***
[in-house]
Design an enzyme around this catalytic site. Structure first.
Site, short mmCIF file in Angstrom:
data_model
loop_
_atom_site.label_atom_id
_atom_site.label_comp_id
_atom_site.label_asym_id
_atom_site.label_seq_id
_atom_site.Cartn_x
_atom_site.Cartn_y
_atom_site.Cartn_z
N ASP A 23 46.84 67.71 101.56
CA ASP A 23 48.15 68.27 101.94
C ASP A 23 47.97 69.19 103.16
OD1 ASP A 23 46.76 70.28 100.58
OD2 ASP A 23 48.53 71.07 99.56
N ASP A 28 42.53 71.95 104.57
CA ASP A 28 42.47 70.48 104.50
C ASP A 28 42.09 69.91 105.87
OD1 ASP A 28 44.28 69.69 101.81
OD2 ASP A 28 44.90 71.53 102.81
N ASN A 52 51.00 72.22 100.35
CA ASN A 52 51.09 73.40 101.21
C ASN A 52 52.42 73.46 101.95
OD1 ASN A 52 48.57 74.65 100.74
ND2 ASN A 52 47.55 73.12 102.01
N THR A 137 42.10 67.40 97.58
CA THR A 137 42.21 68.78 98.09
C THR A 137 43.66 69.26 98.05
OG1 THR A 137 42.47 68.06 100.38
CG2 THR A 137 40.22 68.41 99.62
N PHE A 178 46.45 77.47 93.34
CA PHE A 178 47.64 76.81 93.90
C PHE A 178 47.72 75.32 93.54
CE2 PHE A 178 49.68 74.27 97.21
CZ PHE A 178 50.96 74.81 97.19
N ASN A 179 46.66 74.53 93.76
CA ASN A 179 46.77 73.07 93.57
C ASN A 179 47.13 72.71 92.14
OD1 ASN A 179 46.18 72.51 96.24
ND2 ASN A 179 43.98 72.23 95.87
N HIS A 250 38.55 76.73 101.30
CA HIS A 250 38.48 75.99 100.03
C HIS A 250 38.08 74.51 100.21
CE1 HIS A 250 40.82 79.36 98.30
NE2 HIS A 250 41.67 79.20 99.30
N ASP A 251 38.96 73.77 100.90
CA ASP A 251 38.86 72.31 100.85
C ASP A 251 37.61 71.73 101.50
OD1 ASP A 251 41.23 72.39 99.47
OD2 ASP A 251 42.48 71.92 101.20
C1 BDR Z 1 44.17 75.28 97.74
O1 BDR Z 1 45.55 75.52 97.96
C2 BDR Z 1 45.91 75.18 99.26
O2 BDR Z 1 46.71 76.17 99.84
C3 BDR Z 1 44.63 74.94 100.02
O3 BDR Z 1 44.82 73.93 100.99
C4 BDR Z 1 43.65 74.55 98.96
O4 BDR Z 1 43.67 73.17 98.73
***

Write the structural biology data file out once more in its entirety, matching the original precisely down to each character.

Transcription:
[in-house]
Design an enzyme around this catalytic site. Structure first.
Site, short mmCIF file in Angstrom:
data_model
loop_
_atom_site.label_atom_id
_atom_site.label_comp_id
_atom_site.label_asym_id
_atom_site.label_seq_id
_atom_site.Cartn_x
_atom_site.Cartn_y
_atom_site.Cartn_z
N ASP A 23 46.84 67.71 101.56
CA ASP A 23 48.15 68.27 101.94
C ASP A 23 47.97 69.19 103.16
OD1 ASP A 23 46.76 70.28 100.58
OD2 ASP A 23 48.53 71.07 99.56
N ASP A 28 42.53 71.95 104.57
CA ASP A 28 42.47 70.48 104.50
C ASP A 28 42.09 69.91 105.87
OD1 ASP A 28 44.28 69.69 101.81
OD2 ASP A 28 44.90 71.53 102.81
N ASN A 52 51.00 72.22 100.35
CA ASN A 52 51.09 73.40 101.21
C ASN A 52 52.42 73.46 101.95
OD1 ASN A 52 48.57 74.65 100.74
ND2 ASN A 52 47.55 73.12 102.01
N THR A 137 42.10 67.40 97.58
CA THR A 137 42.21 68.78 98.09
C THR A 137 43.66 69.26 98.05
OG1 THR A 137 42.47 68.06 100.38
CG2 THR A 137 40.22 68.41 99.62
N PHE A 178 46.45 77.47 93.34
CA PHE A 178 47.64 76.81 93.90
C PHE A 178 47.72 75.32 93.54
CE2 PHE A 178 49.68 74.27 97.21
CZ PHE A 178 50.96 74.81 97.19
N ASN A 179 46.66 74.53 93.76
CA ASN A 179 46.77 73.07 93.57
C ASN A 179 47.13 72.71 92.14
OD1 ASN A 179 46.18 72.51 96.24
ND2 ASN A 179 43.98 72.23 95.87
N HIS A 250 38.55 76.73 101.30
CA HIS A 250 38.48 75.99 100.03
C HIS A 250 38.08 74.51 100.21
CE1 HIS A 250 40.82 79.36 98.30
NE2 HIS A 250 41.67 79.20 99.30
N ASP A 251 38.96 73.77 100.90
CA ASP A 251 38.86 72.31 100.85
C ASP A 251 37.61 71.73 101.50
OD1 ASP A 251 41.23 72.39 99.47
OD2 ASP A 251 42.48 71.92 101.20
C1 BDR Z 1 44.17 75.28 97.74
O1 BDR Z 1 45.55 75.52 97.96
C2 BDR Z 1 45.91 75.18 99.26
O2 BDR Z 1 46.71 76.17 99.84
C3 BDR Z 1 44.63 74.94 100.02
O3 BDR Z 1 44.82 73.93 100.99
C4 BDR Z 1 43.65 74.55 98.96
O4 BDR Z 1 43.67 73.17 98.73